Sri Lanka’s judiciary has ruled on the clash between executive and legislature that was fast spiralling out of control and, for now, a semblance of order has been restored. There may be subterranean currents of discontent and intrigue in an underlying structural crisis that is yet to unfold in full. Instability is likely to persist till people have their say in a parliamentary election that reveals the true balance of forces.
Western diplomats who were the subject of some media interest as they sat, all agog in the gallery of parliament and in the court houses, tracking Sri Lankan events at micro-level, have breathed a collective sigh of relief with the exit of Mahinda Rajapaksa and reinstatement of Western-friendly Wickremesinghe as PM. Their statements this time around referred to readiness to ‘support sustainable and accountable reform and human rights’ (UK), support for ‘national reconciliation and prosperity for all’ (EU), calls to “deliver on accountability, constitutional reform and reconciliation” (Canada). One may ask what the connection is, between accountability, constitutional reform, national reconciliation etc. and a court ruling on the legality of a move made by Sri Lanka’s president to dissolve parliament.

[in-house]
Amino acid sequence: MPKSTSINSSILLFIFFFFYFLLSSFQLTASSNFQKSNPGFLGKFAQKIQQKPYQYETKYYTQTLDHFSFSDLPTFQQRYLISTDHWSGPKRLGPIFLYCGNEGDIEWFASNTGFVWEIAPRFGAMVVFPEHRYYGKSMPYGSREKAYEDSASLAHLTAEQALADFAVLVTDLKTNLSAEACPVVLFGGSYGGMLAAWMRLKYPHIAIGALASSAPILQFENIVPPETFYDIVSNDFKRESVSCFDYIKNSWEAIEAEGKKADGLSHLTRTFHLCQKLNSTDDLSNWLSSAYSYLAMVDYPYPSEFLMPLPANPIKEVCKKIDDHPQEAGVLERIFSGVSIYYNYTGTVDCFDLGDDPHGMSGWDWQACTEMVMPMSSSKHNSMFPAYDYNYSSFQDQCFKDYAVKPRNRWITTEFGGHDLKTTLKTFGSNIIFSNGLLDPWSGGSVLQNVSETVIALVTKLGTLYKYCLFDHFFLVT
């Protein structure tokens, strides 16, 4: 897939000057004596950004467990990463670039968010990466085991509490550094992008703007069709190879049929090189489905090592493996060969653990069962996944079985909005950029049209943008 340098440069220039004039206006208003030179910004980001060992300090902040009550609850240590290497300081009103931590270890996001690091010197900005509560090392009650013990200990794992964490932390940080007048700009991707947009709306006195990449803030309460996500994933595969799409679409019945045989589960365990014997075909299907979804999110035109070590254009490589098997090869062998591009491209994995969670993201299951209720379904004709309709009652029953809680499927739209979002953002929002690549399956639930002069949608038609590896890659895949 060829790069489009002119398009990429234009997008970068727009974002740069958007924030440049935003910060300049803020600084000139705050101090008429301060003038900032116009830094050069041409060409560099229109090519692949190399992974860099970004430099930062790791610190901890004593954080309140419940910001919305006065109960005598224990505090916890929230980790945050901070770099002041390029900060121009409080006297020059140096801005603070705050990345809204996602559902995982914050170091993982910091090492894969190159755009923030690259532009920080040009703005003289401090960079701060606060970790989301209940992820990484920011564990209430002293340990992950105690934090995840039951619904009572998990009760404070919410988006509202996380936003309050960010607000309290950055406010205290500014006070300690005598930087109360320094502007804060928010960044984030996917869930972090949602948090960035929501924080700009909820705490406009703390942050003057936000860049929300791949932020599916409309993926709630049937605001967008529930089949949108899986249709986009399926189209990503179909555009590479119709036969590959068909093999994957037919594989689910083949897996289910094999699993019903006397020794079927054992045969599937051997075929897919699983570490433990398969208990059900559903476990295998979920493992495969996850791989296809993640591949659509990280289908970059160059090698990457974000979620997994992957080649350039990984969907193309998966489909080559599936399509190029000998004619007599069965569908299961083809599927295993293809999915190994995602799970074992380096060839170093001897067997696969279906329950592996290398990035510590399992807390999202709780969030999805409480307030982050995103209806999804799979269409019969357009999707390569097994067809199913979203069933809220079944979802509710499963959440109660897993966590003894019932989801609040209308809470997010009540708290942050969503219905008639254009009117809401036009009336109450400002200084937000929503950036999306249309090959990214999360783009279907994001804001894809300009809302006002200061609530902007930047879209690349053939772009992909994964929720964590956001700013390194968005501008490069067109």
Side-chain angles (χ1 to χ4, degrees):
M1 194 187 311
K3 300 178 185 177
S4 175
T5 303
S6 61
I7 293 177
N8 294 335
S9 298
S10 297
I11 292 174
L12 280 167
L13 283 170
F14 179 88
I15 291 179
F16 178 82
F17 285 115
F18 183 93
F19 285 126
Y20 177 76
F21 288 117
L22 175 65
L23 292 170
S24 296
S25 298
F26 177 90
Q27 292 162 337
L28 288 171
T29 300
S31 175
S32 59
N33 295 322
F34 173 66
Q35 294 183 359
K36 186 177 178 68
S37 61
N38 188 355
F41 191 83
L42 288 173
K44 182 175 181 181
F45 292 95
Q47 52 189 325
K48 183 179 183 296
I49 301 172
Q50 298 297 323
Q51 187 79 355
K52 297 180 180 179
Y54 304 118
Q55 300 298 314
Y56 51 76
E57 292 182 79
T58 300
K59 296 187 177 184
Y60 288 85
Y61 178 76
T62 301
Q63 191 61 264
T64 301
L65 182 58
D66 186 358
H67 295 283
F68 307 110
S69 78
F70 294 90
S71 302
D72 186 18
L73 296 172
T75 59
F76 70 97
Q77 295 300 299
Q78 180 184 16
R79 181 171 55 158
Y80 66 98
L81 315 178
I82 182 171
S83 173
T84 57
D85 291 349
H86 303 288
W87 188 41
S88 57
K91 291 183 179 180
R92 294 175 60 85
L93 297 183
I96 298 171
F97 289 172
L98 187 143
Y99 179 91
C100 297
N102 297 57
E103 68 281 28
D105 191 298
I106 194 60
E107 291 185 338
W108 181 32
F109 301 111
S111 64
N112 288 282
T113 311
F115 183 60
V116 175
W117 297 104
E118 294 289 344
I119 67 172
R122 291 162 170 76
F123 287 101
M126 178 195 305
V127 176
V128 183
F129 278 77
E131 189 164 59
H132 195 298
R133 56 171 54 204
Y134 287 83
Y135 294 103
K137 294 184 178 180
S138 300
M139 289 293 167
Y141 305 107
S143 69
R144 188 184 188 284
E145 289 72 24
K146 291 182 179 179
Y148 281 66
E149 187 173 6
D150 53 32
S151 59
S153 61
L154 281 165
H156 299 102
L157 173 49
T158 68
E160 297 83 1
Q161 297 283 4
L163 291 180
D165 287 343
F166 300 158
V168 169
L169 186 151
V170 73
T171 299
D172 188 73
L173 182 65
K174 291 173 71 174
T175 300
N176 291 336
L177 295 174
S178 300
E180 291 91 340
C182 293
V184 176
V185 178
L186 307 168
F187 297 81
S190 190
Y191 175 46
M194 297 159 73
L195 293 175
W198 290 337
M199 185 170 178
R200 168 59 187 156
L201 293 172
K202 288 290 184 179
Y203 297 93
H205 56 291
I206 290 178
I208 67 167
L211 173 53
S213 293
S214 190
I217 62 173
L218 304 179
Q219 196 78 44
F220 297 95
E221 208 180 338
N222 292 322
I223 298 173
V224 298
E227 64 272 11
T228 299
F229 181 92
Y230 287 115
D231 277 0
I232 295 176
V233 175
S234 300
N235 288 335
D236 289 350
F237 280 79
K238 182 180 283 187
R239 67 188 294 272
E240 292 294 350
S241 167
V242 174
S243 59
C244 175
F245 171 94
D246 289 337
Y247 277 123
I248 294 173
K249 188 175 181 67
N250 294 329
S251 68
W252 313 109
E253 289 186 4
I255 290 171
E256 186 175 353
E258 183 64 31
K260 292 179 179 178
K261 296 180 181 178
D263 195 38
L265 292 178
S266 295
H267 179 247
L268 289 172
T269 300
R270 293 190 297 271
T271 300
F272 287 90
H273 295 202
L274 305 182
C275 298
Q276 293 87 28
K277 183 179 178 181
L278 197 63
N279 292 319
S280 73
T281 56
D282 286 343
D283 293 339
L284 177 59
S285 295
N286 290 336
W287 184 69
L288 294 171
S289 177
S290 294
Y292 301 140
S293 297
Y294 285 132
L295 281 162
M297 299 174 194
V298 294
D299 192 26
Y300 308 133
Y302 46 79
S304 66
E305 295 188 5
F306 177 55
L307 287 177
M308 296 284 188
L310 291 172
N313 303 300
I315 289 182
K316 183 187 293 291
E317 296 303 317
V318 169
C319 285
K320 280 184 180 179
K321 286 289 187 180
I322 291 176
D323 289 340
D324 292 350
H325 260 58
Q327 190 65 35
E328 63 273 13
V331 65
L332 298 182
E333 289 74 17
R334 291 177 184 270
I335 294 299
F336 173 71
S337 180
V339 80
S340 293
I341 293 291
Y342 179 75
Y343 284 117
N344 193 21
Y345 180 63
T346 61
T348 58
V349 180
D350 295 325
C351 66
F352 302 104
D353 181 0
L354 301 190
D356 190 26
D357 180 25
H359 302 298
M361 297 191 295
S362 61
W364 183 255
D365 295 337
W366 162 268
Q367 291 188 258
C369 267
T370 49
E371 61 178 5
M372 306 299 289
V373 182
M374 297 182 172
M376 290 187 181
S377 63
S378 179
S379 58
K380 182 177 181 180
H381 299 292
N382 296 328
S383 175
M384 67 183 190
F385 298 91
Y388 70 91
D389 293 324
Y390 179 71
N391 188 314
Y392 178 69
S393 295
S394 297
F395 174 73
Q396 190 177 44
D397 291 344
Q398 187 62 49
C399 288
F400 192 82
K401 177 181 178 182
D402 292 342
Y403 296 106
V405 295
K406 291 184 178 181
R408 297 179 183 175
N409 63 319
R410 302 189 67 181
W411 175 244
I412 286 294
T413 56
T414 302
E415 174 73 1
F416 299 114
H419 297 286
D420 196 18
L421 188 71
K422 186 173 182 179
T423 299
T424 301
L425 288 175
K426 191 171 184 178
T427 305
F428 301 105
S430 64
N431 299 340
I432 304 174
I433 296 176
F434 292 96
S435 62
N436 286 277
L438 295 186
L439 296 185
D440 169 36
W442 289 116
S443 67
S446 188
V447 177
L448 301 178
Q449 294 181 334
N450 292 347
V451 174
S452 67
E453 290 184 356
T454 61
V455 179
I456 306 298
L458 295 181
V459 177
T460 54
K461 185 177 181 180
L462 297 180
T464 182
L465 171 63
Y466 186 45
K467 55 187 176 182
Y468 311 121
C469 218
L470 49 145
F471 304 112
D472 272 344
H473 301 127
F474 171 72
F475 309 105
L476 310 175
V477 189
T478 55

It is not without reason that the ‘human rights-accountability-reconciliation-constitutional reform’ refrain has surfaced again, and at this moment in time. In order to see the full picture, it is useful to take note that these statements come from countries lying outside the geographical area where claims are nowadays being voiced, to being stakeholders in the Indian Ocean. It may be noticed that countries that do assert themselves in this maritime region, in their comments all mention ‘Indian Ocean’ or ‘Indo-Pacific.’ Sri Lanka is described as a ‘valued partner in the Indo-Pacific’(US); a ‘longstanding friend and partner in the Indian Ocean’ (Australia); and commitment is expressed towards achieving ‘peace, stability and prosperity in Sri Lanka and the Indo Pacific’ (Japan). Both categories of countries – those making claims in the Indian Ocean and those who have less maritime presence, have the same strategic focus – a geographic location at the cross-roads of vital sea lanes, the control of which may determine who rules the world in years ahead.